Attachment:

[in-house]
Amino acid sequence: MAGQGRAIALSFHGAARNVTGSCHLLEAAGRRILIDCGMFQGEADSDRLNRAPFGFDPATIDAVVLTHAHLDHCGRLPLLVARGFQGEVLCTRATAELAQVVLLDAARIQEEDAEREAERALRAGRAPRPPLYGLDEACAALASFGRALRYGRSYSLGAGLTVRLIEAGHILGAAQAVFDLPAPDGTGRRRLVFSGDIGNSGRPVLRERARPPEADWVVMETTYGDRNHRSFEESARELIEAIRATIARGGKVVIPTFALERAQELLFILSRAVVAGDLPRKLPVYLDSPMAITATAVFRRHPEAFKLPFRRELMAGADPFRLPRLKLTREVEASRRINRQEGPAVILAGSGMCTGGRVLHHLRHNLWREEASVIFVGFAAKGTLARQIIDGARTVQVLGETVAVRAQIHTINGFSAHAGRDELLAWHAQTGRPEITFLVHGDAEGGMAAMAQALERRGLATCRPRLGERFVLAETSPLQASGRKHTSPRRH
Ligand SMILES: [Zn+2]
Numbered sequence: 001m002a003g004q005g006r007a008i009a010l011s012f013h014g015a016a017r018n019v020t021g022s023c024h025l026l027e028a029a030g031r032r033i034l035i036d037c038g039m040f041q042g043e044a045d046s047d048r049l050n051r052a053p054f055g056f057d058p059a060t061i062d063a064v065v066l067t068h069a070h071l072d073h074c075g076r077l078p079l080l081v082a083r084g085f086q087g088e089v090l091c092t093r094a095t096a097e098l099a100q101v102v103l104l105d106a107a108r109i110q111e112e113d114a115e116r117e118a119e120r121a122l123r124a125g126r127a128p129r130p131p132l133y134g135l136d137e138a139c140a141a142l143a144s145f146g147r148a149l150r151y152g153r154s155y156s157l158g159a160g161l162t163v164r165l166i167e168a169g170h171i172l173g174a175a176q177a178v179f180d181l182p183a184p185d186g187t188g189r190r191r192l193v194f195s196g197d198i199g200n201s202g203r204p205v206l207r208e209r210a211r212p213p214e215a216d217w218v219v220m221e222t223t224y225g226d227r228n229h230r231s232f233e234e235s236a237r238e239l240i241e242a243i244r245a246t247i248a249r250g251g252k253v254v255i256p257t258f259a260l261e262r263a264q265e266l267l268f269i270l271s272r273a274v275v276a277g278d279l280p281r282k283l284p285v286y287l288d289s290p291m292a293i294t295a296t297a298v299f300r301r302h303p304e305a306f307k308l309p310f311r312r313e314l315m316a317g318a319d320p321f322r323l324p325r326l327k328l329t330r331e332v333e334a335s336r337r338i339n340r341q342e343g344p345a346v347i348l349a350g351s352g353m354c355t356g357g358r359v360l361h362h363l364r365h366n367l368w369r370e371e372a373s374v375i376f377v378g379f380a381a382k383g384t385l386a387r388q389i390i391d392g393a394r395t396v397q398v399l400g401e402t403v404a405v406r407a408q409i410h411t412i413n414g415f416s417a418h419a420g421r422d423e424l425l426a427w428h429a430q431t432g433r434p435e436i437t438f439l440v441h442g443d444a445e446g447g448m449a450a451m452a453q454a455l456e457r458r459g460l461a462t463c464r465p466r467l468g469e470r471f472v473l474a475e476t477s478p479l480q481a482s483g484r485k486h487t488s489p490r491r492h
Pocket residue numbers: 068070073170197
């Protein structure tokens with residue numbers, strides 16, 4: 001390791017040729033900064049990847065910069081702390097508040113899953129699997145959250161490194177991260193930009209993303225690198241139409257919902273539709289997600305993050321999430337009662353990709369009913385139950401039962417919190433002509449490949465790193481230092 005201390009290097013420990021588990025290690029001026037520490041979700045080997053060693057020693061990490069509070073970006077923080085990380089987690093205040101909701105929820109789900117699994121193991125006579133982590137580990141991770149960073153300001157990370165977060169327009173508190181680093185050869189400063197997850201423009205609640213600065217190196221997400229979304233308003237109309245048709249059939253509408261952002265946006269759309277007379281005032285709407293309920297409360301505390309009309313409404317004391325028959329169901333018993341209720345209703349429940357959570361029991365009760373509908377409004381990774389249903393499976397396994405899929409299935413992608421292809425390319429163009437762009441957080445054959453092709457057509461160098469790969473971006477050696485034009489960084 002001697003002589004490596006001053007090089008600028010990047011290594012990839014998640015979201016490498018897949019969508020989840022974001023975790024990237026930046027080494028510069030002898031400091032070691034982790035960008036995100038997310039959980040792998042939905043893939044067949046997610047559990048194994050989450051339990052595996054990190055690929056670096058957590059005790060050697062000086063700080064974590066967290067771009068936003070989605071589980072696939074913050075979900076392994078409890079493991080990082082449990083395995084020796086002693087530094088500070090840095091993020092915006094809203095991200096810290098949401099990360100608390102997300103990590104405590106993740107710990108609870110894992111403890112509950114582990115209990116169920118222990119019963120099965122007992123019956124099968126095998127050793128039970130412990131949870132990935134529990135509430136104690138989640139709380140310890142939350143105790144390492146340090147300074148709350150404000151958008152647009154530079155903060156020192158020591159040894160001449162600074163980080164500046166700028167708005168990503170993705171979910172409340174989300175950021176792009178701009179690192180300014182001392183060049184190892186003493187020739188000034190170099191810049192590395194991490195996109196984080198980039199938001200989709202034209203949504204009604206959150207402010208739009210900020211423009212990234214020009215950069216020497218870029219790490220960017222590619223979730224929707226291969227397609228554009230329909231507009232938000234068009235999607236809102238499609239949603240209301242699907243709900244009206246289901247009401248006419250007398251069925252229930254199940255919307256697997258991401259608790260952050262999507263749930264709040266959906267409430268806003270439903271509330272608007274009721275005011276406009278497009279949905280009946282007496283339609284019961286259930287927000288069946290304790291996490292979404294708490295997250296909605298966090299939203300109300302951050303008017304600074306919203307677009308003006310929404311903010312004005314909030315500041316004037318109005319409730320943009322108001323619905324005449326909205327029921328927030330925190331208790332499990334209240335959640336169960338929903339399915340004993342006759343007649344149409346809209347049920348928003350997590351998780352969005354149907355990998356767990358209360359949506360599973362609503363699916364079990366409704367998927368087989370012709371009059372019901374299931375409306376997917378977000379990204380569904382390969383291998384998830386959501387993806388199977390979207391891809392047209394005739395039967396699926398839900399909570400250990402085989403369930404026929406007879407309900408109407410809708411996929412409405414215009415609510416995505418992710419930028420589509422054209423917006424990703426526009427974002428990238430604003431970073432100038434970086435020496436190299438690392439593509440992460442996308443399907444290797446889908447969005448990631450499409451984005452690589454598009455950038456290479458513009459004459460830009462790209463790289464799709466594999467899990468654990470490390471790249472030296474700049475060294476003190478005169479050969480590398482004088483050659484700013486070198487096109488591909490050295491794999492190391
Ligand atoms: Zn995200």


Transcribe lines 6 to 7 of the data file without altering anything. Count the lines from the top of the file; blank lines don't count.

């Protein structure tokens with residue numbers, strides 16, 4: 001390791017040729033900064049990847065910069081702390097508040113899953129699997145959250161490194177991260193930009209993303225690198241139409257919902273539709289997600305993050321999430337009662353990709369009913385139950401039962417919190433002509449490949465790193481230092 005201390009290097013420990021588990025290690029001026037520490041979700045080997053060693057020693061990490069509070073970006077923080085990380089987690093205040101909701105929820109789900117699994121193991125006579133982590137580990141991770149960073153300001157990370165977060169327009173508190181680093185050869189400063197997850201423009205609640213600065217190196221997400229979304233308003237109309245048709249059939253509408261952002265946006269759309277007379281005032285709407293309920297409360301505390309009309313409404317004391325028959329169901333018993341209720345209703349429940357959570361029991365009760373509908377409004381990774389249903393499976397396994405899929409299935413992608421292809425390319429163009437762009441957080445054959453092709457057509461160098469790969473971006477050696485034009489960084 002001697003002589004490596006001053007090089008600028010990047011290594012990839014998640015979201016490498018897949019969508020989840022974001023975790024990237026930046027080494028510069030002898031400091032070691034982790035960008036995100038997310039959980040792998042939905043893939044067949046997610047559990048194994050989450051339990052595996054990190055690929056670096058957590059005790060050697062000086063700080064974590066967290067771009068936003070989605071589980072696939074913050075979900076392994078409890079493991080990082082449990083395995084020796086002693087530094088500070090840095091993020092915006094809203095991200096810290098949401099990360100608390102997300103990590104405590106993740107710990108609870110894992111403890112509950114582990115209990116169920118222990119019963120099965122007992123019956124099968126095998127050793128039970130412990131949870132990935134529990135509430136104690138989640139709380140310890142939350143105790144390492146340090147300074148709350150404000151958008152647009154530079155903060156020192158020591159040894160001449162600074163980080164500046166700028167708005168990503170993705171979910172409340174989300175950021176792009178701009179690192180300014182001392183060049184190892186003493187020739188000034190170099191810049192590395194991490195996109196984080198980039199938001200989709202034209203949504204009604206959150207402010208739009210900020211423009212990234214020009215950069216020497218870029219790490220960017222590619223979730224929707226291969227397609228554009230329909231507009232938000234068009235999607236809102238499609239949603240209301242699907243709900244009206246289901247009401248006419250007398251069925252229930254199940255919307256697997258991401259608790260952050262999507263749930264709040266959906267409430268806003270439903271509330272608007274009721275005011276406009278497009279949905280009946282007496283339609284019961286259930287927000288069946290304790291996490292979404294708490295997250296909605298966090299939203300109300302951050303008017304600074306919203307677009308003006310929404311903010312004005314909030315500041316004037318109005319409730320943009322108001323619905324005449326909205327029921328927030330925190331208790332499990334209240335959640336169960338929903339399915340004993342006759343007649344149409346809209347049920348928003350997590351998780352969005354149907355990998356767990358209360359949506360599973362609503363699916364079990366409704367998927368087989370012709371009059372019901374299931375409306376997917378977000379990204380569904382390969383291998384998830386959501387993806388199977390979207391891809392047209394005739395039967396699926398839900399909570400250990402085989403369930404026929406007879407309900408109407410809708411996929412409405414215009415609510416995505418992710419930028420589509422054209423917006424990703426526009427974002428990238430604003431970073432100038434970086435020496436190299438690392439593509440992460442996308443399907444290797446889908447969005448990631450499409451984005452690589454598009455950038456290479458513009459004459460830009462790209463790289464799709466594999467899990468654990470490390471790249472030296474700049475060294476003190478005169479050969480590398482004088483050659484700013486070198487096109488591909490050295491794999492190391
Ligand atoms: Zn995200």